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Paperback The Perfect Storm : A True Story of Men Against the Sea Book

ISBN: 0061148466

ISBN13: 9780061148460

The Perfect Storm : A True Story of Men Against the Sea

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Book Overview

October 1991. It was the perfect storm--a tempest that may happen only once in a century--a nor'easter created by so rare a combination of factors that it could not possibly have been worse. Creating waves ten stories high and winds of 120 miles an hour, the storm whipped the sea to inconceivable levels few people on earth have ever witnessed. Few, except the six-man crew of the Andrea Gail, a commercial fishing boat tragically headed toward the storm's...

Customer Reviews

5 ratings

A Lost Ship Grips You in Pounding Waves of Drama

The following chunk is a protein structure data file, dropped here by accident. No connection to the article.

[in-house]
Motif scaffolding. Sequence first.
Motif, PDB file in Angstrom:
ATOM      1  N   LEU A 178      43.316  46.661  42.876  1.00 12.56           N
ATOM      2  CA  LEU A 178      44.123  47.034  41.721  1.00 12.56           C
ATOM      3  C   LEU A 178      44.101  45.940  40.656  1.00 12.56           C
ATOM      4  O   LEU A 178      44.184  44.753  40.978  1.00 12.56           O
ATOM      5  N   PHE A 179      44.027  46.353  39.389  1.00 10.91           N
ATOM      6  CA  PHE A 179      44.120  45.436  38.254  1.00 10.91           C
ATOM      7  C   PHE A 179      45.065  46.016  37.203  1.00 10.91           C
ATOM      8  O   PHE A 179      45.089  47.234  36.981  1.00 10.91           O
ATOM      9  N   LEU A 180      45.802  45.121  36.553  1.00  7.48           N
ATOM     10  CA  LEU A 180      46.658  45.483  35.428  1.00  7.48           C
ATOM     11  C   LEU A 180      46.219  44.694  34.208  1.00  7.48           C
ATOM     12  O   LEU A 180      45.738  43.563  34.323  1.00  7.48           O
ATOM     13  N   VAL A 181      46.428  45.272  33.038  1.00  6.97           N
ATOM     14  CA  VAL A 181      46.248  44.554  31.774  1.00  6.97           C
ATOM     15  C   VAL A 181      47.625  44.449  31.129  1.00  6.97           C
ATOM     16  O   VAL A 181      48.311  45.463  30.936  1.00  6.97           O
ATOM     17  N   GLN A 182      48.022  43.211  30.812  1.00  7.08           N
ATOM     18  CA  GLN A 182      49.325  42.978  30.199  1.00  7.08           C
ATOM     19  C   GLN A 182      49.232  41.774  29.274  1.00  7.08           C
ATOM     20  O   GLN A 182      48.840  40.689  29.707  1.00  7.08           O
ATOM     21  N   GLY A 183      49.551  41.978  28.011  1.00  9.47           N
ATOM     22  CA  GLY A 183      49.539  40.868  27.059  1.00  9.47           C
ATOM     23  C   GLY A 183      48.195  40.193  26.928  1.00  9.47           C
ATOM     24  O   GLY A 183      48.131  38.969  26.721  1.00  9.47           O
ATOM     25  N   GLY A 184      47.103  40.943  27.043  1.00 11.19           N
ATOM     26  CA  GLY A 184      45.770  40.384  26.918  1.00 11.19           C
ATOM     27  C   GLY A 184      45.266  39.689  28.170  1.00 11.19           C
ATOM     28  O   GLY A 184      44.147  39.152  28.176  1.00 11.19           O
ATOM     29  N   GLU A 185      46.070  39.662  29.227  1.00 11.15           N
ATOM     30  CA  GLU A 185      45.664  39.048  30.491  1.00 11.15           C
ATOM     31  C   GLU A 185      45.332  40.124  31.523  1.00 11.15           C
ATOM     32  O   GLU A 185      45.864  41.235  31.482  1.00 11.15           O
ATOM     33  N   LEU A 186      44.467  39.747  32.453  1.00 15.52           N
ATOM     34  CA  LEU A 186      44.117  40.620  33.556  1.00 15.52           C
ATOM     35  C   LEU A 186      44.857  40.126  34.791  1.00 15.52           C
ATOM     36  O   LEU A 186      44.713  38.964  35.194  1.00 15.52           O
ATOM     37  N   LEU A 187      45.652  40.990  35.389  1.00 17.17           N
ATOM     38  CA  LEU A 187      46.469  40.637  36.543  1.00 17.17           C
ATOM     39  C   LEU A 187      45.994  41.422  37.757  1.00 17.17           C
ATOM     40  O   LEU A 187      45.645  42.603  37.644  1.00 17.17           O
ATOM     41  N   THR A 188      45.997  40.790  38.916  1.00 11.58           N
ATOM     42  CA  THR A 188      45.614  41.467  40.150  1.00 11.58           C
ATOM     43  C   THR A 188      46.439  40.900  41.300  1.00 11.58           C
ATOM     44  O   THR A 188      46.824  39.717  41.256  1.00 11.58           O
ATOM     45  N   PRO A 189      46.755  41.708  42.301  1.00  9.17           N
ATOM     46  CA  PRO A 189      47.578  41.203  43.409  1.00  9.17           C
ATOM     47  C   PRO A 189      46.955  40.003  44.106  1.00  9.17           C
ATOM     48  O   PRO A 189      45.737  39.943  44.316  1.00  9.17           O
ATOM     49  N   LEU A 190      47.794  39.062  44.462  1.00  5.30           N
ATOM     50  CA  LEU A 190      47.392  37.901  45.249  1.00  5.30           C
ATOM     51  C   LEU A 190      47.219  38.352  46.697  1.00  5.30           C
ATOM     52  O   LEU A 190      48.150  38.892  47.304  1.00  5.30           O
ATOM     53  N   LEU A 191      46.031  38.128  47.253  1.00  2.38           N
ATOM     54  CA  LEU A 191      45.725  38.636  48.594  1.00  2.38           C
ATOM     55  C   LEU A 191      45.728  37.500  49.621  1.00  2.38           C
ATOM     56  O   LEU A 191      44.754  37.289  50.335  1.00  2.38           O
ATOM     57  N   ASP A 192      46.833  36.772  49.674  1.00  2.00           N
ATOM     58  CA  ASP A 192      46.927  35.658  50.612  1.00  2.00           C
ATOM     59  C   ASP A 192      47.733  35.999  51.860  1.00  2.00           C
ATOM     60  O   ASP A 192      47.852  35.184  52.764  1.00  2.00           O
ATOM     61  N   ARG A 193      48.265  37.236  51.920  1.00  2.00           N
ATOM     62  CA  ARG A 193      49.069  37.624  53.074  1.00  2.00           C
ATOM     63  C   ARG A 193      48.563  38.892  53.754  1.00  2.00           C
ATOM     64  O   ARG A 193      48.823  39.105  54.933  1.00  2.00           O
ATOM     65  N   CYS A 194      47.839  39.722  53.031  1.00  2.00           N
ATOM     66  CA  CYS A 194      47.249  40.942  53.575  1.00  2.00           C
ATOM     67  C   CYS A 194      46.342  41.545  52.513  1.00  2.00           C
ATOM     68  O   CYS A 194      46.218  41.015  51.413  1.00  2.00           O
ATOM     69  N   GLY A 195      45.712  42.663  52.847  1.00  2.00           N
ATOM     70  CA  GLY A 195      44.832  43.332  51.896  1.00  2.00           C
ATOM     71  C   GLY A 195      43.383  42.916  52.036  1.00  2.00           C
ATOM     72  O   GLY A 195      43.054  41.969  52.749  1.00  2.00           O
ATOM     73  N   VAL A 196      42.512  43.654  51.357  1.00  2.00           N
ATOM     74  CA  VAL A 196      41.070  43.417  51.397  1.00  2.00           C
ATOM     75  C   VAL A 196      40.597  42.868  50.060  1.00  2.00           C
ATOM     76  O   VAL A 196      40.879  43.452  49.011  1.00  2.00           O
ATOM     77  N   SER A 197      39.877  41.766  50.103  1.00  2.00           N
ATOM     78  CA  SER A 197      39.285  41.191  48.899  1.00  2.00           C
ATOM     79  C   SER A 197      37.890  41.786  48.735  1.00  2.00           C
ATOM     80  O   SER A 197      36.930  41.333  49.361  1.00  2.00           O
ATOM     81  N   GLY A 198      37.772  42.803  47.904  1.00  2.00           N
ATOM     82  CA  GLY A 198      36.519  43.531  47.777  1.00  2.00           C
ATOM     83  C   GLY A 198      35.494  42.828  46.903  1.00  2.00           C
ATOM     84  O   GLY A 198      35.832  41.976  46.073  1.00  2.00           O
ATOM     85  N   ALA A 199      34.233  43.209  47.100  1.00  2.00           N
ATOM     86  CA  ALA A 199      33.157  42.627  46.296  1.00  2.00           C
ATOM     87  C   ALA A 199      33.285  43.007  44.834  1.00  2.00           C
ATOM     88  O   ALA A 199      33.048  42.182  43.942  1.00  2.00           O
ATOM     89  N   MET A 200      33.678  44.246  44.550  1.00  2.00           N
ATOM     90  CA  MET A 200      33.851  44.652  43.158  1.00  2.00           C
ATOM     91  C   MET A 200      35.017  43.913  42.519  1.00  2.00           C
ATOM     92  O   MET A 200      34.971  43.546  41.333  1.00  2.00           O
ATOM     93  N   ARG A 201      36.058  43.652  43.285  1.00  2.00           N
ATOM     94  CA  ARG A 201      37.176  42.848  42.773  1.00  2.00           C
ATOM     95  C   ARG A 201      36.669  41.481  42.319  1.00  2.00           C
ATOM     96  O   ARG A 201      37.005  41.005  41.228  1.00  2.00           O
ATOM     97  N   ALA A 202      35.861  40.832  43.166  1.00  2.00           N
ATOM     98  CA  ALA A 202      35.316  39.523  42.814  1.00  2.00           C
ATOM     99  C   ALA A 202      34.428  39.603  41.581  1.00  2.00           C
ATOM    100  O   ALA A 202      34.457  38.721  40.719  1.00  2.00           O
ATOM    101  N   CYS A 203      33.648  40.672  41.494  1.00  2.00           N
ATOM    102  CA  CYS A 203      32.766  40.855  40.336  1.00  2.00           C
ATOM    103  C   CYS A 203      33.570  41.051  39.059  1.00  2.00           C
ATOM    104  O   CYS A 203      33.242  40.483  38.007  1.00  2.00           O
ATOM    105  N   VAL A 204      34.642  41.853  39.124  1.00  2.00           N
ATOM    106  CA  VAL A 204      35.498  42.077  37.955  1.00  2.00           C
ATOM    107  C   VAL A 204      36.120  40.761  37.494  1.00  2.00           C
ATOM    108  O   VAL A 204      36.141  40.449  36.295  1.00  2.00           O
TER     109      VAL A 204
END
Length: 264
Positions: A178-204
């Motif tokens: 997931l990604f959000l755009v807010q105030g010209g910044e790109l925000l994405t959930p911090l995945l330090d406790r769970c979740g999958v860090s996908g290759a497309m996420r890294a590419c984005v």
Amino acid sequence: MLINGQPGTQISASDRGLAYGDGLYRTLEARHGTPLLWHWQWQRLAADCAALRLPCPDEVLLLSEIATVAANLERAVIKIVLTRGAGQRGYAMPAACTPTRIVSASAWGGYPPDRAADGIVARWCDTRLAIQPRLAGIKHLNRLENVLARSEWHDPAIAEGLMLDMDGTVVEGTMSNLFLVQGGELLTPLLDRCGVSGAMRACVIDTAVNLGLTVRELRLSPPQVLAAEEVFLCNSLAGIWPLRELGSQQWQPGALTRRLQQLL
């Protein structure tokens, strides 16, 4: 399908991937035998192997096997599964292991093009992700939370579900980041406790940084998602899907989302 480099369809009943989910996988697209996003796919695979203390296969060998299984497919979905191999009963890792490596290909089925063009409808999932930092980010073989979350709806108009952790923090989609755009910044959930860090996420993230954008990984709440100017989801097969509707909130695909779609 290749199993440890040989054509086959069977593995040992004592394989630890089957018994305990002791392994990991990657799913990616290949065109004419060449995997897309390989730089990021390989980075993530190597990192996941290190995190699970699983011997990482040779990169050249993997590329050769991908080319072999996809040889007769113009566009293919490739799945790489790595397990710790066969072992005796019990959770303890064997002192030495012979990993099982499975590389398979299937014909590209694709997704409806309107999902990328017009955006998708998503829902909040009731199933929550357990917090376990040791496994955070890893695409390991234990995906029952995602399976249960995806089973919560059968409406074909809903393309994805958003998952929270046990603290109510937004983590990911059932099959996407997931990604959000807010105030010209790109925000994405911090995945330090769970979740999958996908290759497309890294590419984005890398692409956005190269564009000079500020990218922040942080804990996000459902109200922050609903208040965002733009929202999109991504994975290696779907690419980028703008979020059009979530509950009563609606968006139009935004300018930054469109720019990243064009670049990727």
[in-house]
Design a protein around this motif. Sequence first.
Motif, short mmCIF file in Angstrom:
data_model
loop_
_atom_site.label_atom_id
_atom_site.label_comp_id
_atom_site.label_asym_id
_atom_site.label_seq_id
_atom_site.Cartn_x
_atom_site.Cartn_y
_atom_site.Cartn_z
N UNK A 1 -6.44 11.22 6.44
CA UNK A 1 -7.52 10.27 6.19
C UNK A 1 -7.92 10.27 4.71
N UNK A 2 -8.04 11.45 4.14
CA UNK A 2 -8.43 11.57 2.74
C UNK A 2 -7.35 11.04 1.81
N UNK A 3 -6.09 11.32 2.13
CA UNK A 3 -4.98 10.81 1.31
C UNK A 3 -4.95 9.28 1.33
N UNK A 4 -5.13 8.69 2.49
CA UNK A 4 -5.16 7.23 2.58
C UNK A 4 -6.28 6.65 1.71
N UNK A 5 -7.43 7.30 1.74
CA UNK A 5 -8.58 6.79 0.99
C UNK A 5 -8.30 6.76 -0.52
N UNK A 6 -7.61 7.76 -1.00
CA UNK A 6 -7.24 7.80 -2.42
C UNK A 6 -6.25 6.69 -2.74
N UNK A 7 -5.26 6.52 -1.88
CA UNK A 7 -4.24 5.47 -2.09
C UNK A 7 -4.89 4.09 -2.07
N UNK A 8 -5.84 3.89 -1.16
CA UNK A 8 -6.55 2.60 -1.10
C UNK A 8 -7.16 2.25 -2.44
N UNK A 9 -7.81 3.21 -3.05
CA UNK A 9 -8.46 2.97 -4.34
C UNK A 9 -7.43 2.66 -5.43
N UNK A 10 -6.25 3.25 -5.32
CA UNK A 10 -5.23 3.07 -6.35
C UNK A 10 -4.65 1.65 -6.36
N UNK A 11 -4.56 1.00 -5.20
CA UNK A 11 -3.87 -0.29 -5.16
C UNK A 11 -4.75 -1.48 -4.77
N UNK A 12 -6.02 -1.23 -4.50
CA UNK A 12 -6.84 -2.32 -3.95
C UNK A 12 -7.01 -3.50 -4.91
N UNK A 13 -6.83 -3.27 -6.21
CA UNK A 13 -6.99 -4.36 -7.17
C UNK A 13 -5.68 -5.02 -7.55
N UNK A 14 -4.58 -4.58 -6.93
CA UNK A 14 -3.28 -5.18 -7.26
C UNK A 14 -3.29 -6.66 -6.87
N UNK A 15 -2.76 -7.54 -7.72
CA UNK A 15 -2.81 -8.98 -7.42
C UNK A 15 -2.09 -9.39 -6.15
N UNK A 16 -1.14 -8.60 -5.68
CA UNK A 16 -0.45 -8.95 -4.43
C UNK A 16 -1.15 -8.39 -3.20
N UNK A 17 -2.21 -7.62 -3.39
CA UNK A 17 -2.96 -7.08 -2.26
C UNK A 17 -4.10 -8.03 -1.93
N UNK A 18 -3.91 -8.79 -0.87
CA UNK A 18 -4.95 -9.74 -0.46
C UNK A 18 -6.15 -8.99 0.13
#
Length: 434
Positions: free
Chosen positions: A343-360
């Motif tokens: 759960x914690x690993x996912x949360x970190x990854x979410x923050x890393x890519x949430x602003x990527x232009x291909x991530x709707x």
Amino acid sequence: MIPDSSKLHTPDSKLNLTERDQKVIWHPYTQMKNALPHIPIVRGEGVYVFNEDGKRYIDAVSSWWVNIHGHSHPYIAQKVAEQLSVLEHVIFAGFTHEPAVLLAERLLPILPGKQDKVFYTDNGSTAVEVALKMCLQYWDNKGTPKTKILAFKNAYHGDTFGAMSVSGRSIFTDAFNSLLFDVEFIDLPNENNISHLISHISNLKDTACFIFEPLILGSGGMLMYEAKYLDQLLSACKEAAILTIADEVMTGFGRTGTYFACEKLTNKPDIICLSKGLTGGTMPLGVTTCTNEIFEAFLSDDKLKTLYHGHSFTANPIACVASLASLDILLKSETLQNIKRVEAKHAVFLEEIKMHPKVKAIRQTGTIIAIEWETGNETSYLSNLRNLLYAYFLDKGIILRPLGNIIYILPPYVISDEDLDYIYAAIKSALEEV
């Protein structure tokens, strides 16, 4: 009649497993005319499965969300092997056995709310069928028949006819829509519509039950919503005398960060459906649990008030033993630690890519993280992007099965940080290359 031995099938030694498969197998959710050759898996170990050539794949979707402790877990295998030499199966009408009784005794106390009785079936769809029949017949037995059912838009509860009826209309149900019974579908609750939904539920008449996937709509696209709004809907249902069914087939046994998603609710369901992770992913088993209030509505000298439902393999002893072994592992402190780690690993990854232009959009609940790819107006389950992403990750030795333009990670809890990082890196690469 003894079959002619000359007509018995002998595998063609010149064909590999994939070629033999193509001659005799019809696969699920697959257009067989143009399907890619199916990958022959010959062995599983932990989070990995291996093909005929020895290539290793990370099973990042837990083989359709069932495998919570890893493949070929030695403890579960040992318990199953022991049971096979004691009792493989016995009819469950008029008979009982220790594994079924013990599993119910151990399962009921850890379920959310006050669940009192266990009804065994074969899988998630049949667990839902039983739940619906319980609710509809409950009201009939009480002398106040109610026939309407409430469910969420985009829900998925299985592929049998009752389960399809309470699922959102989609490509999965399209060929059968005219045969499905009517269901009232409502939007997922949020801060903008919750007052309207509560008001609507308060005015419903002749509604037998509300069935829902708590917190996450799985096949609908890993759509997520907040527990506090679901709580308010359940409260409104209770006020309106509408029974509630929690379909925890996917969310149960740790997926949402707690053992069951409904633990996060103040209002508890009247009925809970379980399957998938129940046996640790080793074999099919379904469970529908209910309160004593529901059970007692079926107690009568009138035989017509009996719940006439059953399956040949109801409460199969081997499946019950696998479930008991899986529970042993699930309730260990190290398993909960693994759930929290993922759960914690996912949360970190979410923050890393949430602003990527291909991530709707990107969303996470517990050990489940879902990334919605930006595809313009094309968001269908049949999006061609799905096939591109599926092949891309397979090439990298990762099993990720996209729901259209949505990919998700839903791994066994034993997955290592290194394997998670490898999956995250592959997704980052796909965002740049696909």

This book takes a natural disaster, a storm of the century, and builds it into a compelling clash of man against nature with man having little or no chance. "We Are Playthings of the Gods" kept running through my mind as I read this book. I am glad that a movie has been made from the book, because the book was clearly designed to be turned into a script. The material is incredibly visible and visceral at the same time. Even if you have never left dry land, you will soon have a good sense of what it meant to be a swordfisherman on the Andrea Gail when the storm came up. Since the ship was lost, the author had a difficult task -- to give us a sense of what happened without turning the book into a dry dissertation. The book is incredibly successful at turning the informed speculation into a story line of what might have happened. If anything, the lack of details allows you to use your imagination, which makes the story richer. Some will complain about the extensive background about Gloucester, the fishing fleets, boats, technology, and the people involved. For me, each element added a richness to the drama that made the story all that more gripping. Like a good Tom Clancy novel, the detail adds a texture and a context for the book that makes it all the more significant in your mind. The book has an unusual structure. It cuts in and out from the present to the past, and from present to past tense and back again. At one level, it operates like mental language. That technique gives the book an emotional immediacy that makes it have much more impact on the reader. Let it weave its magic, and you'll really enjoy yourself. Buy this book today, and save it to read the next time a howling wind and driving rain assault you on a dark night. Have a great read!